Getsafe: the well-known company among expats also offer dental insurance. Your can book different modules depending on your profile. Some people will appreciate that flexibility. Their dental replacement and dental treatment plans are worth a look. The dental care doesn’t provide much added value.

Feather Insurance: Another offer geared towards expats, their dental care plan does provide a lot of value, with a choice between basic and advanced cover for crowns or teeth whitening.

What does the process of signing up look like?

As with any other private insurance, you will need to fill in a questionnaire about your current situation. It’s usually a bit long but not very complex. You will need to be truthful because in case you hide things like pre-existing conditions, it might be cause to invalidate your policy and not be covered anymore. Simply put, that would be breach of contract, thus forfeiting your right to be covered, and to be refunded.

Note that if you current situation is very dire (eg: many missing teeth or many implants), it might sometimes lead to the provider not taking on a contract with you.

What does the reimbursement process look like?

Dental insurance in Germany works the same as any other insurance policy, you first need to pay from your own pocket and send the invoice to your policy provider. As this is Germany, some providers may not accept receipts digitally. Processing times my also vary. Both those things may impact your selection criteria in the end.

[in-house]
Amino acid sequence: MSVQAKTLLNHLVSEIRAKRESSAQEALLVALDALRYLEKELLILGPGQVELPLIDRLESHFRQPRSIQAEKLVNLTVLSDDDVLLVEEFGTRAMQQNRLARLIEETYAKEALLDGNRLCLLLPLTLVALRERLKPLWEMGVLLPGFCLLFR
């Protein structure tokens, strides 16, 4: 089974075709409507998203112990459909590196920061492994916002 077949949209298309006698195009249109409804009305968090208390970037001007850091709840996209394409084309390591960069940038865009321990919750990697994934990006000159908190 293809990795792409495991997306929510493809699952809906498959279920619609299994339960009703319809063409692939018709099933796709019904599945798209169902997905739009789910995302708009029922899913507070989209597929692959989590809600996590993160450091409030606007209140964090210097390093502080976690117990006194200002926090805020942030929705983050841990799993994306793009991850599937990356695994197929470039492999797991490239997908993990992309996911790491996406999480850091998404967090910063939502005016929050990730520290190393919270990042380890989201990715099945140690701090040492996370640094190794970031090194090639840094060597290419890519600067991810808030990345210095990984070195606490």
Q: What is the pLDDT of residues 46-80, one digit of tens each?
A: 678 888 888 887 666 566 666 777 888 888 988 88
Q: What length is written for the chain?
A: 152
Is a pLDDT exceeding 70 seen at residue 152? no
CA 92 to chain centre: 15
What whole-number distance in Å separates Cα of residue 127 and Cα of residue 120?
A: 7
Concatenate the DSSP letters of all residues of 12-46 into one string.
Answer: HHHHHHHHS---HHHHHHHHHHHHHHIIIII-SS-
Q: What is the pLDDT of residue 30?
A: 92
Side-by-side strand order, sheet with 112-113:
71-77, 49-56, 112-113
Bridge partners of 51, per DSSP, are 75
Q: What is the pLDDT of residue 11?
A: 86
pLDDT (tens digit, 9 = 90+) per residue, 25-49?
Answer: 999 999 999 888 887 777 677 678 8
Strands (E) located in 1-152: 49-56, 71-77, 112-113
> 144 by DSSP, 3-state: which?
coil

In any case, you will need to send the bill together with the Heil- und Kostenplan, as well as the confirmation from your Krankenkasse to get your money back.

State of dental care in Germany

If you needed further reassurance that Germany offer high standards in dental care, then be reassured. A combination of great training, large availability of high tech equipements, broad specturm of specialists makes Germany a great country to take care of your teeth.

It also doesn’t experience a shortage of trained professionals like it might be the case in some other European countries, even outside of cities.

There might 2 causes for concerns:

  1. Waiting times: as with any related to health care in Germany: it’s high quality but you do have to wait for it a lot. It’s fine for regular checkups, for more serious treatments, you may experience serious delay. That is of course mostly applicable to public Krankenkasse members. Privately insured patients can enjoy the fast lane.
  2. Language barriers: if most dentists will probably speak some English, it might be hard for them to get into technical jargon as well. That might be jarring when considering a sensitive and completely surgery.

Final note: this article does not replace professional advice and should taken as general guidance on dental insurance in Germany. Hopefully, that cleared things out a bit. Feel free to ask questions in the comment.

Sources: 1, 2, 3.